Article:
, , , , , ,

Writing in the Best Of Times – The Worst of Times

The content below is PG-13

How often have I said, I’m not in the mood?  When I do, I hear Gurney Halleck in the background, “Not in the mood? Mood’s a thing for cattle and loveplay, not writing!”  If this were a quote of the words used, he’d be dead wrong!

From An Inspirational Snack at The Better Man Project

That’s precisely when we ought to write.  When our mood reflects a
frame of mind which isn’t run of the mill, that’s exactly when we should
be cloistered with pen and paper, or our keyboards, or tape recorders.
That’s when we capture a passion which is stronger and more deeply
felt than usual.

When you capture that passion, whether it’s anger or fury, happiness or elation, sadness or depression, that’s when our writing truly becomes ours.  That’s when we can say, I’ve imbedded a bit of my soul in what I’ve written.  Remember Valdemorts imbedded his soul in the object of one of his most notorious crimes.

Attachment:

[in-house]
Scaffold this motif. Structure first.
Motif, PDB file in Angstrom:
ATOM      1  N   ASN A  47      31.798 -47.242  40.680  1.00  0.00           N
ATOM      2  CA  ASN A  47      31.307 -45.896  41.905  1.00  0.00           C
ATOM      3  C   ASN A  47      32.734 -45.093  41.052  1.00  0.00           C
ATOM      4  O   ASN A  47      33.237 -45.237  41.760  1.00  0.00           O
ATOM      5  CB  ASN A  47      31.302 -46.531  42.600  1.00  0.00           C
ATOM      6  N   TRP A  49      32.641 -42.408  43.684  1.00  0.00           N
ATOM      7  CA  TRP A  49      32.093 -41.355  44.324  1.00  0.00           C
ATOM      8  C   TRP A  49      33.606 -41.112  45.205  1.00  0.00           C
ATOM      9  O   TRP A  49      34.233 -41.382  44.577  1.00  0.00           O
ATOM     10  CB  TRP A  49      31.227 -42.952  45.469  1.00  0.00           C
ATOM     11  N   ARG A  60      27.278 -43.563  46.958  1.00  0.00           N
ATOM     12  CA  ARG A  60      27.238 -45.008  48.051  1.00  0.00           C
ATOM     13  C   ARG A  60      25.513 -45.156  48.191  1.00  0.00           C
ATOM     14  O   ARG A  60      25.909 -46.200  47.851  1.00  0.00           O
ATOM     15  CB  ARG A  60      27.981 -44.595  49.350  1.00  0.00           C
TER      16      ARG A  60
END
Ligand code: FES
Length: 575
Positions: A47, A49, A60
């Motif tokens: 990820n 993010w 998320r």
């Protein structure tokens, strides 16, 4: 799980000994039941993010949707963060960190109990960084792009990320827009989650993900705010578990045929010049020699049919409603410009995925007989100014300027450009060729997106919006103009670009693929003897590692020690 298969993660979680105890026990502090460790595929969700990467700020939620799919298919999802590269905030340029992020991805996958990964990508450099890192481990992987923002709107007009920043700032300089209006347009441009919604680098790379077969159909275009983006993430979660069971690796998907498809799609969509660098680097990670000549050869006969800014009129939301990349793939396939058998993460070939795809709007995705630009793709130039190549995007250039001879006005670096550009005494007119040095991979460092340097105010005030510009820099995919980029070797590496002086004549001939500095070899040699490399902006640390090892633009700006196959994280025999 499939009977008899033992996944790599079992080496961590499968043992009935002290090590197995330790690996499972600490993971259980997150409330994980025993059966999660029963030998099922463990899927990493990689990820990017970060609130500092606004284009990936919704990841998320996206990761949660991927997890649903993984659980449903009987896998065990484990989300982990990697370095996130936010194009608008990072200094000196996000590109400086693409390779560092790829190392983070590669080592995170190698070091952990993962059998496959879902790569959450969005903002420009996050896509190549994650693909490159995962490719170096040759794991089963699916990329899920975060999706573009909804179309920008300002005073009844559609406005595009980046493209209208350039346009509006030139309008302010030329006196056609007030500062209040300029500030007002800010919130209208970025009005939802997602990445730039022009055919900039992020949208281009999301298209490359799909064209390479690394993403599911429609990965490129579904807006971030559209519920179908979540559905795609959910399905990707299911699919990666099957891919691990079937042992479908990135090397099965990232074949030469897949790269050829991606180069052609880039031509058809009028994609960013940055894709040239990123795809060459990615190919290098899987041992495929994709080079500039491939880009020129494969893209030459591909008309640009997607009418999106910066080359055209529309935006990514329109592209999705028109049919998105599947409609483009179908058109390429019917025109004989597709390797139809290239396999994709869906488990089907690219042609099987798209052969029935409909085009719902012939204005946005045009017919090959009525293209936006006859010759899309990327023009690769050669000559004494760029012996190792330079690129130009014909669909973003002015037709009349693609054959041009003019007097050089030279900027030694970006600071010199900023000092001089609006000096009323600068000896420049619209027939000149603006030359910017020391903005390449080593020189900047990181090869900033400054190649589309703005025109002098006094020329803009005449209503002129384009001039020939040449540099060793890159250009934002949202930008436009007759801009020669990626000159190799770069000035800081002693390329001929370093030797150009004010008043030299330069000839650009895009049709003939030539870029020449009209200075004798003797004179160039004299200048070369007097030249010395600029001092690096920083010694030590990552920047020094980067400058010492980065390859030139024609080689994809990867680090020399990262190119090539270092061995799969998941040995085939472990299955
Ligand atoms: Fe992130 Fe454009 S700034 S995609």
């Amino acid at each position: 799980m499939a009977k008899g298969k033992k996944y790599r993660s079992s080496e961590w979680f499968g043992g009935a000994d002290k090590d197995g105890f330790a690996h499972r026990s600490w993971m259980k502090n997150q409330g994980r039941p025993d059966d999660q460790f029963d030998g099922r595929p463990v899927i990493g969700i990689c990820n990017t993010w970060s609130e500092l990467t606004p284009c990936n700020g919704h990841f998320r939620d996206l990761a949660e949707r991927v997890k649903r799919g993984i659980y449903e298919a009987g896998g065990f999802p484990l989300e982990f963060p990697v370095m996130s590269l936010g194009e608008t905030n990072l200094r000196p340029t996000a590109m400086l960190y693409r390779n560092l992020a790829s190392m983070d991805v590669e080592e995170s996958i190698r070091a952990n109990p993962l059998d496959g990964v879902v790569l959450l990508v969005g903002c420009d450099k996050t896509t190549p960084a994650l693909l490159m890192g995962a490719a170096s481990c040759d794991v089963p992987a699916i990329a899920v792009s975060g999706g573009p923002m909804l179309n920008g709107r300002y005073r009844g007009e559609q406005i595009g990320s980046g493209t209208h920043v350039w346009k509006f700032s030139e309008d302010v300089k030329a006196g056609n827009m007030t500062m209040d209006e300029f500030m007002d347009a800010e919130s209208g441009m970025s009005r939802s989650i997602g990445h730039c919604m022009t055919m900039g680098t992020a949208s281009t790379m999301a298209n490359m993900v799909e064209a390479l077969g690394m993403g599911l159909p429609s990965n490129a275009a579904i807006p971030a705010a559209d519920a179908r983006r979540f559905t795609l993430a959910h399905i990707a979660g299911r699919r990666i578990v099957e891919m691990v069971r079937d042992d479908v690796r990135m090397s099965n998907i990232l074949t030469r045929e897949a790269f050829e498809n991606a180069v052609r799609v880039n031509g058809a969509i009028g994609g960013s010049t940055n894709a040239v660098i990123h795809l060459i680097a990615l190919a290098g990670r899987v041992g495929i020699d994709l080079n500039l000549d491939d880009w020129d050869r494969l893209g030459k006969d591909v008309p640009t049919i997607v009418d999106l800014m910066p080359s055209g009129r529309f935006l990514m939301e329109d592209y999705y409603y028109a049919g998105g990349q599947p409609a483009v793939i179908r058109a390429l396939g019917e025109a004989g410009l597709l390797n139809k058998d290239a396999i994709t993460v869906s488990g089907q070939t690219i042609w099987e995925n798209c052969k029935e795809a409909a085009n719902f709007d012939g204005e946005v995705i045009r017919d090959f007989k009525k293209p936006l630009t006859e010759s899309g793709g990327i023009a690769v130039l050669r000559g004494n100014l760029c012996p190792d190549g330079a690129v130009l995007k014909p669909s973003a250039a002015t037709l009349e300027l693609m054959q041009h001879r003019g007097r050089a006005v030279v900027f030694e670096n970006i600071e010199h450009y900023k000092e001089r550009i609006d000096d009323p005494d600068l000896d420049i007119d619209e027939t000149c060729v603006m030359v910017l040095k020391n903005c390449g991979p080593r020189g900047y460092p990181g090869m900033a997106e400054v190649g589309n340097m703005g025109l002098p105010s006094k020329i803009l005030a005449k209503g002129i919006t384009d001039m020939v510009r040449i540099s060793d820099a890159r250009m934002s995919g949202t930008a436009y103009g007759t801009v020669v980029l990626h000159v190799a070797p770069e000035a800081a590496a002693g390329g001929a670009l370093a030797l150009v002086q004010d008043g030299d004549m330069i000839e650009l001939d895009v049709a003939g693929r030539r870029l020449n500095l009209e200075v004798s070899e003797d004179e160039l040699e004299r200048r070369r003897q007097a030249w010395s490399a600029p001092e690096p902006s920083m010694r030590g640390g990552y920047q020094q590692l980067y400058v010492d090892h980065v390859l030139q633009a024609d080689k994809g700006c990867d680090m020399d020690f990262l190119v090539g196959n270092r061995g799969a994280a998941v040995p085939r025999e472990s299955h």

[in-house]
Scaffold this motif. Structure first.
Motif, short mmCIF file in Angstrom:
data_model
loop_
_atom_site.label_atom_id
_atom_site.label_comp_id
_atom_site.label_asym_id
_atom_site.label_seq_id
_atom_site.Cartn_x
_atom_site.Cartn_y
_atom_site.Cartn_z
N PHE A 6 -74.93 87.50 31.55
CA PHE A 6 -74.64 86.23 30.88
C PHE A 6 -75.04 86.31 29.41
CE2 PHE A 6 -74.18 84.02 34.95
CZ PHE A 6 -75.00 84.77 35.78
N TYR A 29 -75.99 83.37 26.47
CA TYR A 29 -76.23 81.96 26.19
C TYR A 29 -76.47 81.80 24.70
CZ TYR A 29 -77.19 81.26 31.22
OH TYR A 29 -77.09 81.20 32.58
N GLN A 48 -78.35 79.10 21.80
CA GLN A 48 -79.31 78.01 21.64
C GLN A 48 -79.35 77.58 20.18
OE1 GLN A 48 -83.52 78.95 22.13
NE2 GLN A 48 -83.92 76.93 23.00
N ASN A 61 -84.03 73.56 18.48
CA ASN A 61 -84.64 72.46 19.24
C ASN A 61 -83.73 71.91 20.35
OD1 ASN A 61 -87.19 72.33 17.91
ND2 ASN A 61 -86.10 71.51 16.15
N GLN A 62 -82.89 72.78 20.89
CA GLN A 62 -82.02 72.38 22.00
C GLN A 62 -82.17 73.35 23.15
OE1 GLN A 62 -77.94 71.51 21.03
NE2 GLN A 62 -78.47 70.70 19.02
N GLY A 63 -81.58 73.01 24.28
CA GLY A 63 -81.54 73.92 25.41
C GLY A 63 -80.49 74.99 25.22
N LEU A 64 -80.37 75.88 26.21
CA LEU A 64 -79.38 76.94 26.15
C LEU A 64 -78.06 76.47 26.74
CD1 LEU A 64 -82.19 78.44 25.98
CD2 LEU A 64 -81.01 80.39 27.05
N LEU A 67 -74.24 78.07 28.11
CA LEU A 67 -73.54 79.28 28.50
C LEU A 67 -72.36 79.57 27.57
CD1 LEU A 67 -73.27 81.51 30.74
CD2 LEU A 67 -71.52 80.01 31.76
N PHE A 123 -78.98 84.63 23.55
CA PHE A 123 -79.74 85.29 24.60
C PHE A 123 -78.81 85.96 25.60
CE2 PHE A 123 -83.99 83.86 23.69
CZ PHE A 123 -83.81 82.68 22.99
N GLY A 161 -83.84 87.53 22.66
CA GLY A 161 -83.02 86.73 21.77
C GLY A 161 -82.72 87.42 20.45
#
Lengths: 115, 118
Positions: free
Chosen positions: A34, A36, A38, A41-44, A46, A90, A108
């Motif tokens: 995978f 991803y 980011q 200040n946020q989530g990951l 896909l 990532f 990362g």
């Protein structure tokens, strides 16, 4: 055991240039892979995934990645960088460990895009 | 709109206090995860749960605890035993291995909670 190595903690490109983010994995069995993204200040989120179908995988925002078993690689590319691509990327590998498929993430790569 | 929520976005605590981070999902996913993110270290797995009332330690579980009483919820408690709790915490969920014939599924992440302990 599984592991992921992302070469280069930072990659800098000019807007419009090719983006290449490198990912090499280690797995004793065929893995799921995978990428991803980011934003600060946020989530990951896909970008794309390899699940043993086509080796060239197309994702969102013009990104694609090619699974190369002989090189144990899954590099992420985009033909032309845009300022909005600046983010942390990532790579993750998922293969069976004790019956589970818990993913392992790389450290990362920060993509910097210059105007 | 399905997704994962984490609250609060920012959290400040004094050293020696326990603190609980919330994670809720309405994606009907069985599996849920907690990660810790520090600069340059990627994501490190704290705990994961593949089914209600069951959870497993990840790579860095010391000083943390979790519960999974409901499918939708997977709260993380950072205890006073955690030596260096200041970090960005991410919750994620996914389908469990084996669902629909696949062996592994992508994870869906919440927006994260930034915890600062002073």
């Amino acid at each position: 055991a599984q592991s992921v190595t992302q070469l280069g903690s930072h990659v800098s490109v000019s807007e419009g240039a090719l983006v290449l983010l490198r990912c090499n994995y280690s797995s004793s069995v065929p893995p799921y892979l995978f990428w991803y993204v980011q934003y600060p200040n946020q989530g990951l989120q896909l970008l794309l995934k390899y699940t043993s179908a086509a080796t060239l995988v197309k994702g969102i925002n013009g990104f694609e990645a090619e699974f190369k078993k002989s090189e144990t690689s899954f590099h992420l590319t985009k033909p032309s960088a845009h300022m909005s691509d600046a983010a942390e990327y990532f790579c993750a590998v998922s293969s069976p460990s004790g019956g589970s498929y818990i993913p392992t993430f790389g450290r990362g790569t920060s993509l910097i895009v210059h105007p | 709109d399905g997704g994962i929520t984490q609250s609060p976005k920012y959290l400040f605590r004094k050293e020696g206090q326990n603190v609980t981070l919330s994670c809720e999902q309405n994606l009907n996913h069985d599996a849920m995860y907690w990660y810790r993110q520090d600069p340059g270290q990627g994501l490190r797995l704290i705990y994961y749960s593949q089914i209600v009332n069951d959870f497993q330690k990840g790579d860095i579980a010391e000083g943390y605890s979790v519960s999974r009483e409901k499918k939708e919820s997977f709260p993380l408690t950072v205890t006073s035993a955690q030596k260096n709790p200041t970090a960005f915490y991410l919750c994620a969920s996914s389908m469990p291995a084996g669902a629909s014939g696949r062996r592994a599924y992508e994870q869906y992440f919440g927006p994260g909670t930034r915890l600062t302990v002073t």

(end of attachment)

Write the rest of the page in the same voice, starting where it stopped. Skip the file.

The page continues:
Here are a couple of thoughts to ponder on passion and writing:

Ink and paper are sometimes passionate lovers, oftentimes brother and sister, and occasionally mortal enemies.  ~Terri Guillemets

Our passions shape our books; repose writes them in the intervals.  ~Proust, The Past Recaptured, 1927

Not many months ago, I awoke from a dream in which I came to
realize, I would have to kill off one of my favorite characters.  This
character has been a pleasure to create.  I’ve bottled up that
feeling so when the time comes to write it, I can draw on the intensity
of those intense emotions.  In another dream I understood a scene
that would have to be written involving death and mourning centering
around two characters I’ve only sketched a bit.  I was so over-
whelmed that morning when I awoke, I couldn’t write the scene at first.
I fully expect to explore the full extent of the power I wield when
I tap into a torrent of unbridled emotion as I touch pen to paper.

I leave you with this.  The range of emotions we experience as human work in tandem with the implements by which we sample this world.  This mortal coil.  As we attempt to document the nature of life and living through our fiction and nonfiction, we are best able to write a photograph for our readers to read, when we use all of our six senses.  The sixth sense I understand to be the emotional sense which is composite of what we’ve touched, tasted, seen, felt and heard.